Search Results for: weta
Miramar, New Zealand special effects and prop company Weta Workshop built a beautiful articulated Portal 2 sentry turret replica, complete with a motion sensor, for the video game development company Valve and delivered it to them for an exciting unboxing on Thursday, September 13, 2012. One of these bad boys would really tie a room together or destroy it with bullets. The unboxing video was originally tweeted by Valve artist Realm Lovejoy.
Look at what I helped unbox today at work: facebook.com/photo.php?v=10…
— Realm Lovejoy (@realmlovejoy) September 14, 2012
Can We Take a Joke? is a new documentary by director Ted Balaker that explores the intersection of comedy, free speech, and outrage. The film features interviews with outspoken comedians and performers like Gilbert Gottfried, Penn Jillette, Lisa Lampanelli, Adam Carolla, and many more.
The film will be released in select theaters July 29, 2016 and digitally on August 2, 2016.
In the age of social media, nearly every day brings a new eruption of outrage. While people have always found something to be offended by, their ability to organize a groundswell of opposition to—and public censure of—their offender has never been more powerful. Today we’re all one clumsy joke away from public ruin. Can We Take A Joke? offers a thought-provoking and wry exploration of outrage culture through the lens of stand-up comedy, with notables like Gilbert Gottfried, Penn Jillette, Lisa Lampanelli, and Adam Carolla detailing its stifling impact on comedy and the exchange of ideas. What will future will be like if we can’t learn how to take a joke?
CGMeetUp has shared a breakdown of the amazing visual effects in Marvel‘s new Deadpool movie. Atomic Fiction, Blur Studio, Digital Domain, Weta Digital, Luma Pictures, Rodeo FX, and Image Engine are a few of the visual effects studios whose work is featured in the breakdown.
images via CGMeetUp
Actor Benedict Cumberbatch slinks along the floor while covered in sensors in a behind-the-scenes clip of the actor expertly performing the role of the fearsome dragon Smaug in the 2013 film The Hobbit: The Desolation of Smaug. The motion-capture sensors on his suit provide a map of the actor’s motions over time so that animators and special effects artists can create the image of Smaug on top of the movements.
It’s very freeing, once you put the suit on and the sensors. I’ve never felt less encumbered, actually. And you have to be. You have to be free.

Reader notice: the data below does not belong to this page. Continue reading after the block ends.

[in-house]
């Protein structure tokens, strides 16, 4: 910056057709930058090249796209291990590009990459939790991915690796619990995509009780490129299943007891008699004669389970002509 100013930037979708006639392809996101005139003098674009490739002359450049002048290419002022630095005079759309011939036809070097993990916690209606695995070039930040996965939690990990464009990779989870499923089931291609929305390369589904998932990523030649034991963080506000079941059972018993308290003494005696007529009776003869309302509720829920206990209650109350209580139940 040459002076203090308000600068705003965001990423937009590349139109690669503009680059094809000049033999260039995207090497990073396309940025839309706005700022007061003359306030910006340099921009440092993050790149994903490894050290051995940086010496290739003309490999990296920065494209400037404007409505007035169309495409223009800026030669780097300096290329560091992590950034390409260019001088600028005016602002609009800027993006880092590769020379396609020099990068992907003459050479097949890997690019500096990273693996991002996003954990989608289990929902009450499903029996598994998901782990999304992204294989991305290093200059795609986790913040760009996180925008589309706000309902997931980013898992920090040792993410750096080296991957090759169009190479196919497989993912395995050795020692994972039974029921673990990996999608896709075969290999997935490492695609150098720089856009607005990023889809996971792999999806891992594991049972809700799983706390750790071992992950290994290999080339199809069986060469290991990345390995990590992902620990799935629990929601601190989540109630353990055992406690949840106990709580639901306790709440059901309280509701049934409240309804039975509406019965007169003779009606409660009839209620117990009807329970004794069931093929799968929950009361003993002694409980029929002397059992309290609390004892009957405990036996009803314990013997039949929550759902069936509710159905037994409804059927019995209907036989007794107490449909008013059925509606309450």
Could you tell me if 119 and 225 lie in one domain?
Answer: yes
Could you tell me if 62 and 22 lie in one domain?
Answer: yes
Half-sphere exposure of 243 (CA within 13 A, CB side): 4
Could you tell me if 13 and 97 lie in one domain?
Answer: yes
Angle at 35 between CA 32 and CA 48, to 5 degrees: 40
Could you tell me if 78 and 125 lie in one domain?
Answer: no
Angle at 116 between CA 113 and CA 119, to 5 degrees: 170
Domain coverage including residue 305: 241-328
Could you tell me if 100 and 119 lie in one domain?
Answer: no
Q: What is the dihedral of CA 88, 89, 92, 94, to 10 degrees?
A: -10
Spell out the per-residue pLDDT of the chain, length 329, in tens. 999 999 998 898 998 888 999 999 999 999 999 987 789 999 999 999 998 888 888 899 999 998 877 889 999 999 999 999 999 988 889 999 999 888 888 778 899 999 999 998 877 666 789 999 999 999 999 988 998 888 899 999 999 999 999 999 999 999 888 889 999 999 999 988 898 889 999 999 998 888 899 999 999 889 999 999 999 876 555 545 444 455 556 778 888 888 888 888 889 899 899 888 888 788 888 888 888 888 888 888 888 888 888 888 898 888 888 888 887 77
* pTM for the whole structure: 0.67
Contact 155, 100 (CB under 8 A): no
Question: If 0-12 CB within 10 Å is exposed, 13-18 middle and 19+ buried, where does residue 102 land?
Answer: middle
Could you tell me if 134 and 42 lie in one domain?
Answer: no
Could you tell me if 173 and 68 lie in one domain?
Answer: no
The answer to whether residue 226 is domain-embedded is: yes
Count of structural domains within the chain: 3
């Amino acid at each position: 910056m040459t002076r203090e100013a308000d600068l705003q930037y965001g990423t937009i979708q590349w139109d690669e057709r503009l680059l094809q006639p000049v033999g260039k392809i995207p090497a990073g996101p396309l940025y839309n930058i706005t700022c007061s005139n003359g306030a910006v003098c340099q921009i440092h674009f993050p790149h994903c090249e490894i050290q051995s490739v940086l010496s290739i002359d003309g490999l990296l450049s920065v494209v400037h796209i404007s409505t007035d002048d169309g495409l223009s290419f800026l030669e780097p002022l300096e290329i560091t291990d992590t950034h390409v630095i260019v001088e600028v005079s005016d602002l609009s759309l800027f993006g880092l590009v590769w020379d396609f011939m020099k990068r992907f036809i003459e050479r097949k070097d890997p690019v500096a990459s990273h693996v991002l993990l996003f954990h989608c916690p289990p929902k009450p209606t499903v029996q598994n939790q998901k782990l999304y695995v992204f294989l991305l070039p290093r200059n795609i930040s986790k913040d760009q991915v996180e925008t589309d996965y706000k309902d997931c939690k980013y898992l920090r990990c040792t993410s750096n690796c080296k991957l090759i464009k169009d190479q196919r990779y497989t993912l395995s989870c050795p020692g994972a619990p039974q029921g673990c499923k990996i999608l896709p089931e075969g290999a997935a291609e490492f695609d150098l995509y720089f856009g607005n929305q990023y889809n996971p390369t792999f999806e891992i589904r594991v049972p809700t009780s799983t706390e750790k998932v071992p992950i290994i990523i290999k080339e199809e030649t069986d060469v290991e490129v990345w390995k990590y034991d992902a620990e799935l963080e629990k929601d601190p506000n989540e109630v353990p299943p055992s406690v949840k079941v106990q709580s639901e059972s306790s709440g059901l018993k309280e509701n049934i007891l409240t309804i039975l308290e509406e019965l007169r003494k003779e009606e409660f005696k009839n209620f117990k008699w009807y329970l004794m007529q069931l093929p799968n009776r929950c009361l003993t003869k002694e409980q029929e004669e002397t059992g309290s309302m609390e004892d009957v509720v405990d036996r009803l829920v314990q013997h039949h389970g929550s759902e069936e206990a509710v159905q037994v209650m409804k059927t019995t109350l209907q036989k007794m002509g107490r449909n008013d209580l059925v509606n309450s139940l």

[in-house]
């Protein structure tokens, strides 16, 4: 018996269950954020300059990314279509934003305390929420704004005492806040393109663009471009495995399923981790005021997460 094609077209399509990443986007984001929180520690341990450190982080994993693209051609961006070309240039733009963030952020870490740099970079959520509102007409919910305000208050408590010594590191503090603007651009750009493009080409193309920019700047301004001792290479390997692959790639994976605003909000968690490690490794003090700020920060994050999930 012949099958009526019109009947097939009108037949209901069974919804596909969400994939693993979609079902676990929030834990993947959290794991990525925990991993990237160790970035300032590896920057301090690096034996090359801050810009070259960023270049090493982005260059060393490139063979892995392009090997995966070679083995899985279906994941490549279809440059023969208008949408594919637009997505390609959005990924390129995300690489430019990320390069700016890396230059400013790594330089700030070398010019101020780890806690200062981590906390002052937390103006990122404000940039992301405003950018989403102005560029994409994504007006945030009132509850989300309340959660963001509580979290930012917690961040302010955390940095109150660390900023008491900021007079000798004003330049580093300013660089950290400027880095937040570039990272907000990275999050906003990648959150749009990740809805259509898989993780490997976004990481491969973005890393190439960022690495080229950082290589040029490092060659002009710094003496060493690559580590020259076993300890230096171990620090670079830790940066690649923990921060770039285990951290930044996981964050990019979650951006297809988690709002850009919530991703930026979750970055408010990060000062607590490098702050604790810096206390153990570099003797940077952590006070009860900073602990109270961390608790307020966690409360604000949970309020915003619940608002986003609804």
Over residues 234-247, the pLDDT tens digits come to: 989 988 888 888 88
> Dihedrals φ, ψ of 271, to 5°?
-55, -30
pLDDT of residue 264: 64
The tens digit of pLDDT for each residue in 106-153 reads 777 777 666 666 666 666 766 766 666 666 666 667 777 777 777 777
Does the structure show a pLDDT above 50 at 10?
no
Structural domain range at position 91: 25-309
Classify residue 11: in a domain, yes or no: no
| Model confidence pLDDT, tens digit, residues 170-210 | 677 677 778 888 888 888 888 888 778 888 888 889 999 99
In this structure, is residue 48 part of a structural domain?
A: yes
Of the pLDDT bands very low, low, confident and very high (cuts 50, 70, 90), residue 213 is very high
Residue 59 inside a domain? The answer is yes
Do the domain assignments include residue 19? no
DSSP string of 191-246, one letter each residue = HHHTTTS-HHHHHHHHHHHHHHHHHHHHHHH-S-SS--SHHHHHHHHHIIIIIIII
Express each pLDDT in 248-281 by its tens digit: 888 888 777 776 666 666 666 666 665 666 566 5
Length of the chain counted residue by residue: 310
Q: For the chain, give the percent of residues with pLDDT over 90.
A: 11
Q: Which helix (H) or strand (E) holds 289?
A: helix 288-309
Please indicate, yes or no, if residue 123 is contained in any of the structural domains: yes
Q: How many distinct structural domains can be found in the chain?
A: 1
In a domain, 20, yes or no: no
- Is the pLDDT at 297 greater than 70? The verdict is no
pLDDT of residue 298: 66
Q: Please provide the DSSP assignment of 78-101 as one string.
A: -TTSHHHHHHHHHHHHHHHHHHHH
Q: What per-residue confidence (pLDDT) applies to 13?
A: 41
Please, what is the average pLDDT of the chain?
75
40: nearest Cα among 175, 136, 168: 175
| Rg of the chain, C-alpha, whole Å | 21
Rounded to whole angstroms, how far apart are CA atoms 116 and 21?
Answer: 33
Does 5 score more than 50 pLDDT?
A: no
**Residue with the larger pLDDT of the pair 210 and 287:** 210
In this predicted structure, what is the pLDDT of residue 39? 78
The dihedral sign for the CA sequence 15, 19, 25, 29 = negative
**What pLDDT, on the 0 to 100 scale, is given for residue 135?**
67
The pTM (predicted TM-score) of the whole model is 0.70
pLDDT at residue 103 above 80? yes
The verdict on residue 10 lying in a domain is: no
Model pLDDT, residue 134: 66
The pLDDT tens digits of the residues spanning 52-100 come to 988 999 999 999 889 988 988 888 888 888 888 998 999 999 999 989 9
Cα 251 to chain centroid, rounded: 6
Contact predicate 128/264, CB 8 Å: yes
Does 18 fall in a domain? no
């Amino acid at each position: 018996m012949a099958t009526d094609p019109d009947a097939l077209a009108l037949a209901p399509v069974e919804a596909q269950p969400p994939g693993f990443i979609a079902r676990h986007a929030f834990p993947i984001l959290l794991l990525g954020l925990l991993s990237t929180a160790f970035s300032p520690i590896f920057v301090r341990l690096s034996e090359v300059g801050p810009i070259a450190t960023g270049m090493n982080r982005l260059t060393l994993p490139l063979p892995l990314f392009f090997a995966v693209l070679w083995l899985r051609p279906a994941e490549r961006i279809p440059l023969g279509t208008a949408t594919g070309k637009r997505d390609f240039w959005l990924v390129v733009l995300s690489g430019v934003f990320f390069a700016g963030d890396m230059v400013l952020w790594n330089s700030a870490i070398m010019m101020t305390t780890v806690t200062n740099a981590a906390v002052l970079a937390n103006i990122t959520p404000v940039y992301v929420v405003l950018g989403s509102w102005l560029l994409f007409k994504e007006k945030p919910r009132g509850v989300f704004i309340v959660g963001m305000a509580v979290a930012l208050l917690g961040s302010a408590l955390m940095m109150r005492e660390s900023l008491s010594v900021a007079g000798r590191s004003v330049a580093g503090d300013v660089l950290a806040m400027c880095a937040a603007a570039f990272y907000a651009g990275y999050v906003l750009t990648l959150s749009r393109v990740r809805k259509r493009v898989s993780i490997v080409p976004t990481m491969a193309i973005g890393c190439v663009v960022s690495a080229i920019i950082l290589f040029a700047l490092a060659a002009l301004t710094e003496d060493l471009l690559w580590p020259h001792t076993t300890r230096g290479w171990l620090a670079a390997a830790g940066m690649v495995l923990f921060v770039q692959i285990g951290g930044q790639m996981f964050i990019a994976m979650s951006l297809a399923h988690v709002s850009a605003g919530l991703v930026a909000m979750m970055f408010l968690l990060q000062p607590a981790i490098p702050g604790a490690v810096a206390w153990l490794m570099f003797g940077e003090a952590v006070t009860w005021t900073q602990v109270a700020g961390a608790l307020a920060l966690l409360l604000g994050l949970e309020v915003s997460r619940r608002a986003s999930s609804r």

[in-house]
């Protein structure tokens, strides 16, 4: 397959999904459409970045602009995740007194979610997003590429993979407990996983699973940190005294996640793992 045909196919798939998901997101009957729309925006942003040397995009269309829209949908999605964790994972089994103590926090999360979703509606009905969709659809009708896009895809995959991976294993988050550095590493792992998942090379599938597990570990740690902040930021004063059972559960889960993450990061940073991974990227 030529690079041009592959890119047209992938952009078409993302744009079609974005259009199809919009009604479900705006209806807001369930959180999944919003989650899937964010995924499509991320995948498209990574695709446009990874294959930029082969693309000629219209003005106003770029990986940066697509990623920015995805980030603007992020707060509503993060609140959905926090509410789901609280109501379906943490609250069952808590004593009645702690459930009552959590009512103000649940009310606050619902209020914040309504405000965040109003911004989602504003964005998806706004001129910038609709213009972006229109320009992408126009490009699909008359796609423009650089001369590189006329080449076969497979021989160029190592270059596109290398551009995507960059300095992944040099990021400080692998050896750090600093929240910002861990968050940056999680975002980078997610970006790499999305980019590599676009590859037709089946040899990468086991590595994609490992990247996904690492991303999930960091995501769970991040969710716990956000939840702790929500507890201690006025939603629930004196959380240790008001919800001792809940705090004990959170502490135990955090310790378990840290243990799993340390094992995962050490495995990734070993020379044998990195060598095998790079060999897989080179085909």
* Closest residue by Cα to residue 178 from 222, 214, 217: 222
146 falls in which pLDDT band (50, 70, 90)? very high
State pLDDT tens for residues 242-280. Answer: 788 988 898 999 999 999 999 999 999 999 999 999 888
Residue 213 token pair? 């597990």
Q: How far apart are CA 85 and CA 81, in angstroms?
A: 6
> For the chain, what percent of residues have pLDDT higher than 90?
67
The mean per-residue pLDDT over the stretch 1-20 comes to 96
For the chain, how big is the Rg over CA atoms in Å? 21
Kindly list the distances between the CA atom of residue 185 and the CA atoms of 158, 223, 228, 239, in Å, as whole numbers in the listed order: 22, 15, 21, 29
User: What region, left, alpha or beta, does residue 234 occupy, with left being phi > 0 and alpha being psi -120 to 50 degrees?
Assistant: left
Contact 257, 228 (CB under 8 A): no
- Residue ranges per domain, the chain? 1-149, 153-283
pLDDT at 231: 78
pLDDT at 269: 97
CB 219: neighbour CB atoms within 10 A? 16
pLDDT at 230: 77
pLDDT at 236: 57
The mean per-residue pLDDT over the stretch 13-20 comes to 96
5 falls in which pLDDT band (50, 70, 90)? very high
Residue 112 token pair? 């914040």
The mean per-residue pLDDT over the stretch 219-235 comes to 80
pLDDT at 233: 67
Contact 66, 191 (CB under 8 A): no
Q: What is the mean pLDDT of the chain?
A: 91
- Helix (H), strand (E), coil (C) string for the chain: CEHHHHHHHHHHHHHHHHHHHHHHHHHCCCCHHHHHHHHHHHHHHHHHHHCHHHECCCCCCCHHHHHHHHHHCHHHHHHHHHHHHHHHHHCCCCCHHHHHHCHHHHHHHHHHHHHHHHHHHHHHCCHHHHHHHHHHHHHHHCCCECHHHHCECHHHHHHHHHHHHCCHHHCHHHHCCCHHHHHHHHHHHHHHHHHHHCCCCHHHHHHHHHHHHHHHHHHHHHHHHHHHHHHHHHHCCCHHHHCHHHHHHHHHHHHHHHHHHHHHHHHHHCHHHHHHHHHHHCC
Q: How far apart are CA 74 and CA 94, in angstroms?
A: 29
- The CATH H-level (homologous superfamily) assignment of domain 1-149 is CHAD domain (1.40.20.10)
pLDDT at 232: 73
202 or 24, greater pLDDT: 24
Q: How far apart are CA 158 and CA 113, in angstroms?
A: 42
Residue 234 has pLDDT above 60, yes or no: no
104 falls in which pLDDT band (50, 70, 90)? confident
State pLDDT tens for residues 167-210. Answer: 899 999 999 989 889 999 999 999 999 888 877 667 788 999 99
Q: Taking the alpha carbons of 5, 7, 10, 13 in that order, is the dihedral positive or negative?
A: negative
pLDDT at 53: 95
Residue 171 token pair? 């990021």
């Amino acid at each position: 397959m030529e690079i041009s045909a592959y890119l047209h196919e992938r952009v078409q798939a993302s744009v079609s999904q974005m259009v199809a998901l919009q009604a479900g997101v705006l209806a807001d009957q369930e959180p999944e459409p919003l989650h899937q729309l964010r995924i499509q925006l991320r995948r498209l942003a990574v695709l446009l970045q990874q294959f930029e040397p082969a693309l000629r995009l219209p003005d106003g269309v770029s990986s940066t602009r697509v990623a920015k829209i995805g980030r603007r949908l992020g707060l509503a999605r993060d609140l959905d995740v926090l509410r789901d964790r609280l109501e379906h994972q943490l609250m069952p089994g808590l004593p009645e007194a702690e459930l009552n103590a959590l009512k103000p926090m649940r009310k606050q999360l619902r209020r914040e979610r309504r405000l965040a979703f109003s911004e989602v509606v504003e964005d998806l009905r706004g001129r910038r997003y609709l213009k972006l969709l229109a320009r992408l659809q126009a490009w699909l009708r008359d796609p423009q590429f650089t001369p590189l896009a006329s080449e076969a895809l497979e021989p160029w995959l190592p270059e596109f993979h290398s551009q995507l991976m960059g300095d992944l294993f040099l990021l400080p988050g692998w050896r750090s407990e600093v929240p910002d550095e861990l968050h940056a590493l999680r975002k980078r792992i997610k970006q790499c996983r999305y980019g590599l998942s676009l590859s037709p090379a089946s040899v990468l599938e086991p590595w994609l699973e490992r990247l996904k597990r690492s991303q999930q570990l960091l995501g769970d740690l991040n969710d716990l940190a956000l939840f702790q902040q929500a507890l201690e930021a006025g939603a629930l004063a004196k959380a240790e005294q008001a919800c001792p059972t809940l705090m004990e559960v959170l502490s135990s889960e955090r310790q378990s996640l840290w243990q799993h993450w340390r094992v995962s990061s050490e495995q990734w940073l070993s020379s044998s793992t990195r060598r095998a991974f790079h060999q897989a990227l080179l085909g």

You just have to lose your shit on a carpeted floor, in a place that looks a little bit like a mundane government building. It was just me as well, with four static cameras and all the sensors. Then the boys at Weta work their magic.
GIFs via Imgur
Our film project Cancer: The Emperor of All Maladies is about as close to the bone as filmmaking gets for me. Cancer has been a huge part of my life. – Ken Burns
Cancer: The Emperor of All Maladies is a three-part, six-hour PBS documentary that explores the history of cancer, current treatments, and scientific advancements leading into the future. Inspired by Dr. Siddhartha Mukherjee‘s wonderful book of the same title, executive producer Ken Burns and director Barak Goodman, in partnership with WETA and Laura Ziskin Productions, explore the multi-faceted search to find a cure for cancer.
The series matches the epic scale of the disease, reshaping the way the public sees cancer and stripping away some of the fear and misunderstanding that has long surrounded it. The story of cancer is a story of scientific hubris, paternalism, and misperception, but it is also a story of human ingenuity, resilience, and perseverance. Cancer: The Emperor of All Maladies examines cancer with a cellular biologist’s precision, a historian’s perspective and a biographer’s passion. The series artfully weaves three different films in one: a riveting historical documentary; an engrossing and intimate vérité film; and a scientific and investigative report.
The series premieres on local PBS stations March 30-April 1, 2015.
photo by Stephanie Berger
Rat Queens is a sass and sorcery comic published by Image Comics featuring four women kicking butt during fantasy adventures written by Kurtis J. Wiebe with art by Roc Upchurch. The comic follows the trials and tribulations of Hannah, Dee, Violet, and Betty as they deal with sex, drugs, and very angry monsters. The full run of the comic as it currently exists is available digitally via Image Comics’ website.
images via Rat Queens
The Eye of Sauron Desk Lamp is a 21-inch tall replica of Barad-dûr, the fortress of Sauron, complete with an LED gaze. The detailed desk lamp was sculpted by Weta Workshop’s senior model maker David Tremont, and is available for purchase at ThinkGeek.
Sculpted from polystone and coated with a protective layer of polyurethane, each Eye of Sauron Desk Lamp is painted and finished by hand and features cutting-edge LED technology. Plug it into the wall and it will turn its roving eye toward anything it deems worth watching. Its gaze pierces cloud, shadow, earth, and flesh, so you should probably keep it away from children and hobbits.
images via ThinkGeek